“I’m thinking I might kiss you,” he said quietly, intently. “Then do it.” I blushed at my own boldness.

But Tamlin only gave that breathy laugh, and leaned in.

His lips brushed mine—testing, soft and warm. He pulled back a little. He was still staring at me, and I stared right back as he kissed me again, harder, but nothing like the way he’d kissed my neck. He withdrew more fully this time and watched me.

“That’s it?” I demanded, and he laughed and kissed me fiercely.

My hands went around his neck, pulling him closer, crushing myself against him. His hands roved my back, playing in my hair, grasping my waist, as if he couldn’t touch enough of me at once.

He let out a low groan. “Come,” he said, kissing my brow. “We’ll miss it if we don’t go now.”

“Better than will-o’-the-wisps ?” I asked, but he kissed my cheeks, my neck, and finally my lips. I followed him into the trees, through the ever-lightening world. His hand was solid and unmovable around mine as we passed through the low-lying mists, and he helped me up a bare hill slick with dew.

We sat atop its crest, and I hid my smile as Tamlin put an arm around my shoulders, tucking me in close. I rested my head against his chest while he toyed with the flowers in my garland.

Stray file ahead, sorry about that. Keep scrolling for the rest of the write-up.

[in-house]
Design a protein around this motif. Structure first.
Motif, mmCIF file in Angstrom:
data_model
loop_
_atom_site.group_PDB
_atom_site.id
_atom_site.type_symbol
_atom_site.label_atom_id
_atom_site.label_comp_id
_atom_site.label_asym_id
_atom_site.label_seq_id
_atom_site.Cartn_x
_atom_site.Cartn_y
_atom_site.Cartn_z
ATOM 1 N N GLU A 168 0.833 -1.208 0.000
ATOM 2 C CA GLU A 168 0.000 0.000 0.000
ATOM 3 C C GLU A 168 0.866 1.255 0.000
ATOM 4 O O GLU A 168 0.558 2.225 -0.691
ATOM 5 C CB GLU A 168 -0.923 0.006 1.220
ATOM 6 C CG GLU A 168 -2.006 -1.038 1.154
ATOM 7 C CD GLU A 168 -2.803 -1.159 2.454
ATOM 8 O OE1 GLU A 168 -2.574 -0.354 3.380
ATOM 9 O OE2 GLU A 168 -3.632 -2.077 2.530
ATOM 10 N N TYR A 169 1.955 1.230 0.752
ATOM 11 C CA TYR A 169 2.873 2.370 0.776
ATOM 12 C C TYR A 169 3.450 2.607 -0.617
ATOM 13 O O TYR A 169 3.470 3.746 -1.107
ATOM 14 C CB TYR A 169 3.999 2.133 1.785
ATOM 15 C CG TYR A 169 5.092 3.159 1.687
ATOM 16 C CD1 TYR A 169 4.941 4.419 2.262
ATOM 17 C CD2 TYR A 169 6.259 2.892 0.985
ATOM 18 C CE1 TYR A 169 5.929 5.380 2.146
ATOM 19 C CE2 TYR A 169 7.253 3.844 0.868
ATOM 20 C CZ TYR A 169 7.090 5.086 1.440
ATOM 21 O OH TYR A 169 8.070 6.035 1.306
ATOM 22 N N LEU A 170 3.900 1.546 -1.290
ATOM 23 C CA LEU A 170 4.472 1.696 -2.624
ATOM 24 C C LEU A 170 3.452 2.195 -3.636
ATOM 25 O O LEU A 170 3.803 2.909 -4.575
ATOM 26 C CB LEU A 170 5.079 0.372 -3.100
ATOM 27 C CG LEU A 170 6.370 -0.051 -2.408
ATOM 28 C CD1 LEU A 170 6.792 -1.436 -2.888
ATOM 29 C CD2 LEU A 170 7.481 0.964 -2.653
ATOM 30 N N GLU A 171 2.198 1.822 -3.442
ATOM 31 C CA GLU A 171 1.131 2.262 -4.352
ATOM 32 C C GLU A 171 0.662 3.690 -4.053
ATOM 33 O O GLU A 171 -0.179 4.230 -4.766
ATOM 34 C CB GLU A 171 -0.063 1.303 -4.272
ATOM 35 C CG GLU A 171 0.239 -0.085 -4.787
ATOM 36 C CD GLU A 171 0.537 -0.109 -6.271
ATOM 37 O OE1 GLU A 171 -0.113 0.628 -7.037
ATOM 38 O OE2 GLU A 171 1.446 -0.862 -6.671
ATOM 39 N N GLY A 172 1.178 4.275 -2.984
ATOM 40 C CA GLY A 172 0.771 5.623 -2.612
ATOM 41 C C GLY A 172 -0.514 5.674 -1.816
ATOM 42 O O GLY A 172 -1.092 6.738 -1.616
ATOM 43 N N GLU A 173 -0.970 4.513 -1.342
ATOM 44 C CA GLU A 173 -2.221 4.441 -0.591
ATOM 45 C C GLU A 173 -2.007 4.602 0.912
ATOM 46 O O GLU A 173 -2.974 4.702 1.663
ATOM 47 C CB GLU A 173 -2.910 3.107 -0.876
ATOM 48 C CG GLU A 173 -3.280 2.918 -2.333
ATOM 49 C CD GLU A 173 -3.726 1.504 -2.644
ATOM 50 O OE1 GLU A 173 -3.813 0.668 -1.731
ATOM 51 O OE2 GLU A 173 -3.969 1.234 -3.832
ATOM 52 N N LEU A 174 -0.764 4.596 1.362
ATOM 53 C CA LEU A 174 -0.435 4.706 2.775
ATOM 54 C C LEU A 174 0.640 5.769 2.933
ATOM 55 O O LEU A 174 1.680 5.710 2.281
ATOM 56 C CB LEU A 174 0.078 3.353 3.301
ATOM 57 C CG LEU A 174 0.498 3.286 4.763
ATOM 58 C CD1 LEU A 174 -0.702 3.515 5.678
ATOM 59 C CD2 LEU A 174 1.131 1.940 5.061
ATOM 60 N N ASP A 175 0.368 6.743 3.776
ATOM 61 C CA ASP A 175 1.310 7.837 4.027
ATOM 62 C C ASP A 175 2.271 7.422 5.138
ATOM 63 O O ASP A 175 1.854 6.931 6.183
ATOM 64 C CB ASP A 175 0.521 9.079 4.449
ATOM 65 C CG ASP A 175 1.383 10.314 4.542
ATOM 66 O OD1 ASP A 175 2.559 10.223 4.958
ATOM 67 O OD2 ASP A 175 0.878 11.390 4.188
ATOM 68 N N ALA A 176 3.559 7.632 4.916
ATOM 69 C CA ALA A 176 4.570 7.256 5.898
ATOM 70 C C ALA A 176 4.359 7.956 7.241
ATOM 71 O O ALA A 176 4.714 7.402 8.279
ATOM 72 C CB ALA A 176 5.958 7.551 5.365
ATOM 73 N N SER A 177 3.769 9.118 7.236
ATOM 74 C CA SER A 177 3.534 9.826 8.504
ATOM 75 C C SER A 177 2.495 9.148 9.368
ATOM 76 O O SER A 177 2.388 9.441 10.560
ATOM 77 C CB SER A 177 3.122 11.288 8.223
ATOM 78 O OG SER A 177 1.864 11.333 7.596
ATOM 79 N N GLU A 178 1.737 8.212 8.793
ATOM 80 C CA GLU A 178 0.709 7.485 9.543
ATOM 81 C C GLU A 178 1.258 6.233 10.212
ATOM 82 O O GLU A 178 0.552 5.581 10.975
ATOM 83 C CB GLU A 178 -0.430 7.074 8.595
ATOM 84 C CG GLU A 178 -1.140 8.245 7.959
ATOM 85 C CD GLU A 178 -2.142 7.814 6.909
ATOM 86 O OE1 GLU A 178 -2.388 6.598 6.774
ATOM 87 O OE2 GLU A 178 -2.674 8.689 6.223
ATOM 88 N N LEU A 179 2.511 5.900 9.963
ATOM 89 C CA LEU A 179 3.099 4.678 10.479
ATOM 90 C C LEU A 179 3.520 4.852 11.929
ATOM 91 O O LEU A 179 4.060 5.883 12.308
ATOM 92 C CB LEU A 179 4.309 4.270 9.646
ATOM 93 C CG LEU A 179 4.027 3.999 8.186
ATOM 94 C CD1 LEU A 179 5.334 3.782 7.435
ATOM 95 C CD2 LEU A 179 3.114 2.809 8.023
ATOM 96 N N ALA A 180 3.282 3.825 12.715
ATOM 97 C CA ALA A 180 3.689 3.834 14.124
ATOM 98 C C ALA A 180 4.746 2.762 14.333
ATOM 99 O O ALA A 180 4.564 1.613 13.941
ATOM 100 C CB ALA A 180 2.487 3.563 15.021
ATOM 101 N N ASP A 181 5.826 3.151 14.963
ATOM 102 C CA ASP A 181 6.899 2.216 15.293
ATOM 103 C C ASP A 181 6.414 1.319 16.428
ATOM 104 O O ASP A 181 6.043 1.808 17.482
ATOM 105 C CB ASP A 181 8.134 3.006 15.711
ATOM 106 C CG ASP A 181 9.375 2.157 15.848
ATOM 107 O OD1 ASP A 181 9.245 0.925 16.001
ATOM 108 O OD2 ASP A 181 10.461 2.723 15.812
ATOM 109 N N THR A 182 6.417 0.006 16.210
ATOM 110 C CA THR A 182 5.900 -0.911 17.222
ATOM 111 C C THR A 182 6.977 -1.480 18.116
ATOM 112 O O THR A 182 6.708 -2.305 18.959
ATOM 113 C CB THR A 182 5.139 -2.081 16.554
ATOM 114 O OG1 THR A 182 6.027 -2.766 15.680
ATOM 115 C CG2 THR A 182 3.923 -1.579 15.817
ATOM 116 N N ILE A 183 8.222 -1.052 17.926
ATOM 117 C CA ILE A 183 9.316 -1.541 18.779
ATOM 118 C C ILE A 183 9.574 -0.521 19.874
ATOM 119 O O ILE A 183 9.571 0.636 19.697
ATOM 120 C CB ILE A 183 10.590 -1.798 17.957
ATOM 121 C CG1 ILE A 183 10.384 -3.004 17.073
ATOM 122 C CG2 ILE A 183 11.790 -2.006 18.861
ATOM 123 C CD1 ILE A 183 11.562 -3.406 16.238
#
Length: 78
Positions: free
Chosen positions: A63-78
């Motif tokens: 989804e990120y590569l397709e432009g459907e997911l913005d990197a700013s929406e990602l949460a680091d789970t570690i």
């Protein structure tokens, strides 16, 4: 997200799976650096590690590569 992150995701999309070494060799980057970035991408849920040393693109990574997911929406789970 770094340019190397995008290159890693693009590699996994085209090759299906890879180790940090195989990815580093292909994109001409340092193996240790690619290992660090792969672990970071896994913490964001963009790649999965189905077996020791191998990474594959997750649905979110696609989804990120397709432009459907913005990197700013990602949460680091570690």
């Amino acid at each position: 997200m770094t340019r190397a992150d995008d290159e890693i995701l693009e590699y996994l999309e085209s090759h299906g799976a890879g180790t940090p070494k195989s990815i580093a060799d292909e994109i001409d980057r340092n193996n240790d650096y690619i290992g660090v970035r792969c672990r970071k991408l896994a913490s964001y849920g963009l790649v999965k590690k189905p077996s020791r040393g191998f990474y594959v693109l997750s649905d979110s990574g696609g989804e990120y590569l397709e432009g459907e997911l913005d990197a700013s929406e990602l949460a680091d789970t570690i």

In silence, we stared out over the rolling green expanse.

The sky shifted into periwinkle, and the clouds filled with pink light. Then, like a shimmering disk too rich and clear to be described, the sun slipped over the horizon and lined everything with gold. It was like seeing the world being born, and we were the sole witnesses.

Tamlin’s arm tightened around me, and he kissed the top of my head. I pulled back, looking up at him.

The gold in his eyes, bright with the rising sun, flickered. “What?”

“My father once told me that I should let my sisters imagine a better life—a better world. And I told him that there was no such thing.” I ran my thumb over his mouth, marveling, and shook my head. “I never understood—because I couldn’t … couldn’t believe that it was even possible.” I swallowed, lowering my hand. “Until now.”

His throat bobbed. His kiss that time was deep and thorough, unhurried and intent.

I let the dawn creep inside me, let it grow with each movement of his lips and brush of his tongue against mine. Tears pricked beneath my closed eyes.

It was the happiest moment of my life.